It’s not, it seems. Writing for the Journal of the American Medical Association, Stuart Butler, PhD., says a combination of economic and political realities will put many of the Affordable Care Act’s provisions in doubt.
“Let’s remember that the most important provisions of the ACA, such as penalties for Americans lacking insurance and firms not offering it, the expansion of Medicaid, and the heavily subsidized exchange-based coverage, do not go into effect until 2014,” he writes. “Meanwhile, new taxes on self-employment and limits on flexible spending accounts are scheduled to go into effect next year, just as Congress will be trying to boost employment growth.”
At the same time, Congress will be trying to cut a deal on the deficit. This has the private sector on edge, Butler said.
“Employers have been reporting for some time that concerns about mandatory benefits are slowing their hiring,” he said. “And as the Wall Street Journal recently reported, lower-wage employers are moving towards hiring part-time employees to avoid the ACA’s penalties. These patterns will only grow in 2013 as many employers eye the prospect of putting their employees into the heavily subsidized exchange plans.”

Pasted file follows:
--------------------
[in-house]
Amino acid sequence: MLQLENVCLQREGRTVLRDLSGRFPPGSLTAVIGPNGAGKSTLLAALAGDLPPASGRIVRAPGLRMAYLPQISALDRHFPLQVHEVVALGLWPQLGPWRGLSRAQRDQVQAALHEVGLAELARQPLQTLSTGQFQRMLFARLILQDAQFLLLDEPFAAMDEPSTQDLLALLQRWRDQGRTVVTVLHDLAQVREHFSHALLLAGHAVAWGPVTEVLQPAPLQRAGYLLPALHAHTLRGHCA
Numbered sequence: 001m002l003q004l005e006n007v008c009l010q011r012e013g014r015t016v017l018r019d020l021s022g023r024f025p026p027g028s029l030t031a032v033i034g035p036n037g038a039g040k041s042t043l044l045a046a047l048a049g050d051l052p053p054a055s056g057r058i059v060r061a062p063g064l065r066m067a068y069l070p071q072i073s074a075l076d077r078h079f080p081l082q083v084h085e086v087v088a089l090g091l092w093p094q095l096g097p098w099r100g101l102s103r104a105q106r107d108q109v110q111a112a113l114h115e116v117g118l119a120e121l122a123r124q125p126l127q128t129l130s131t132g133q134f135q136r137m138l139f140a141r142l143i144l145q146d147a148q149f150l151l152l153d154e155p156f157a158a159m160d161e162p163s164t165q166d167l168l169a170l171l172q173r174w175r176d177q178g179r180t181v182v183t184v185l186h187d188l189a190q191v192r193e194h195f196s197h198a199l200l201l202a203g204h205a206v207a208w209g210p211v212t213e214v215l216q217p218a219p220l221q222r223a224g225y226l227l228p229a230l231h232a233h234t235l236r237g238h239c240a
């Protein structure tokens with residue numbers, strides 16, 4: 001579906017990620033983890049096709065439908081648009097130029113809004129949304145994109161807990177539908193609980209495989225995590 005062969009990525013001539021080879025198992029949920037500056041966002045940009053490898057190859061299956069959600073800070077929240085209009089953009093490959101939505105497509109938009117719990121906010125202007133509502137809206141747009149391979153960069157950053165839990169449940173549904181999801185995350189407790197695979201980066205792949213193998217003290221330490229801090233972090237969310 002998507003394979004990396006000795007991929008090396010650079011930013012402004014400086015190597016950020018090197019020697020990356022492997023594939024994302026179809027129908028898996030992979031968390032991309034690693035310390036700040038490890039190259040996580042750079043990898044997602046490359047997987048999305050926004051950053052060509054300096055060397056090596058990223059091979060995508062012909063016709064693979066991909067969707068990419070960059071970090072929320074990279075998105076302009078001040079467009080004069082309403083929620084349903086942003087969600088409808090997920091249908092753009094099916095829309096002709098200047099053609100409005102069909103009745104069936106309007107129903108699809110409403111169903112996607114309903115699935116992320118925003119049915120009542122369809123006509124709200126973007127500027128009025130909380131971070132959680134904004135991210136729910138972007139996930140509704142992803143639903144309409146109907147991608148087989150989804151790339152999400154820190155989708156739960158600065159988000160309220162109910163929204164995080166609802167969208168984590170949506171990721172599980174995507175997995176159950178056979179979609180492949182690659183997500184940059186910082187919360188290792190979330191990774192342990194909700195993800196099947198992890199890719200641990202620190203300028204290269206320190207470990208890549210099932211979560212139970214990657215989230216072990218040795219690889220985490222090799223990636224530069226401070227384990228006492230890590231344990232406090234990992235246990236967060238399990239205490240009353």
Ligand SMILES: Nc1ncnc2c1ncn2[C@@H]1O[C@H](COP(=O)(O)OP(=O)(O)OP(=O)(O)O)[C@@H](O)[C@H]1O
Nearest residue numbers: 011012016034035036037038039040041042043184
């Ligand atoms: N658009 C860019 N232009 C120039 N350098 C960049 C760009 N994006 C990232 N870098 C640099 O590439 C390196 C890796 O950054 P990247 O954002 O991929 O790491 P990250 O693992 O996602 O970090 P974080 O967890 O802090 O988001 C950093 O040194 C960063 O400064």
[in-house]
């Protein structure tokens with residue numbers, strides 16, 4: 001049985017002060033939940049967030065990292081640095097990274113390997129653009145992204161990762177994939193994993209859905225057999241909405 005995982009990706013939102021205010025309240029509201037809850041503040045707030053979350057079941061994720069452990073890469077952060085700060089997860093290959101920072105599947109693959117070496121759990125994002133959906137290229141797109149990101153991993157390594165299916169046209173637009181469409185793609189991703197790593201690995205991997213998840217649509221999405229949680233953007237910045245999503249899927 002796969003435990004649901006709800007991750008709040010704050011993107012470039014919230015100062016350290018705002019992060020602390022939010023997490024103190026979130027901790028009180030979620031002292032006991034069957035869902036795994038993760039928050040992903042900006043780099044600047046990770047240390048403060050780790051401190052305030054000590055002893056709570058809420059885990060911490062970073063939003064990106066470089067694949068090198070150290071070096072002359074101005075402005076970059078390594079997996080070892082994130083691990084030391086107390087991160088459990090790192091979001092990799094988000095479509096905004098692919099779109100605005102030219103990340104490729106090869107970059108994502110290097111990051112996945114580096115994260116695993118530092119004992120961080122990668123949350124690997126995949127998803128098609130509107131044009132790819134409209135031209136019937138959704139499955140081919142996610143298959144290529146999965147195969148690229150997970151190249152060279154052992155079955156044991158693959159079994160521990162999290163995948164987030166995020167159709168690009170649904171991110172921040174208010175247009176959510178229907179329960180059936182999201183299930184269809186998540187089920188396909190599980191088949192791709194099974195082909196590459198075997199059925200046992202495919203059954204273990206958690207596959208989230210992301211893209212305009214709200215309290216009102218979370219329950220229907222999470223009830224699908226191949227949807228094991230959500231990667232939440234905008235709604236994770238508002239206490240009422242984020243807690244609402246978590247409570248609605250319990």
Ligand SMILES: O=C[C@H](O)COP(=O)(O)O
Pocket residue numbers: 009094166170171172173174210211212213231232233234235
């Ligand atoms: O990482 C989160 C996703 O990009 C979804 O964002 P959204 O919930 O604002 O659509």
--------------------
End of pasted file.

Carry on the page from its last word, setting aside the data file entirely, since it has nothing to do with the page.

If there’s unexpected demand on those subsidized exchanges, any hopes of curbing costs are gone, he added.
Then there’s the expanded Medicaid provision within the ACA. The Obama administration will have to deal with 30 Republican governors.
“It’s also hard to imagine the expansion of Medicaid proceeding as planned,” Butler said. “If slow economic growth continues, and statehouse fears of unsustainable employee pensions and other mounting costs continue to grow, even the short-term prospect of Washington picking up expanded Medicaid costs is not likely to prevent a strong pushback by states. That’s going to be exacerbated by a Congress that is desperately trying to curb spending. So expect structural reform of the ACA’s Medicaid, including some version of a block grant, to be on the deficit-reduction table.”
Medicare reform also is possible, even politically beneficial — Rep. Paul Ryan, during the campaign, made a strong case for reform that resonated with seniors. He lost the election, but not the argument. He can still pursue this sensible goal, and he has the support of seniors, who sided with Ryan and Gov. Mitt Romney in Tuesday’s vote.
In other words, the ACA is not set in stone. Republicans, discouraged by last week’s election, must not now disengage and consider the matter settled.
There’s room to improve Obamacare. There are economic facts staring us in the face that will force Congress to at least amend it. And that’s good news.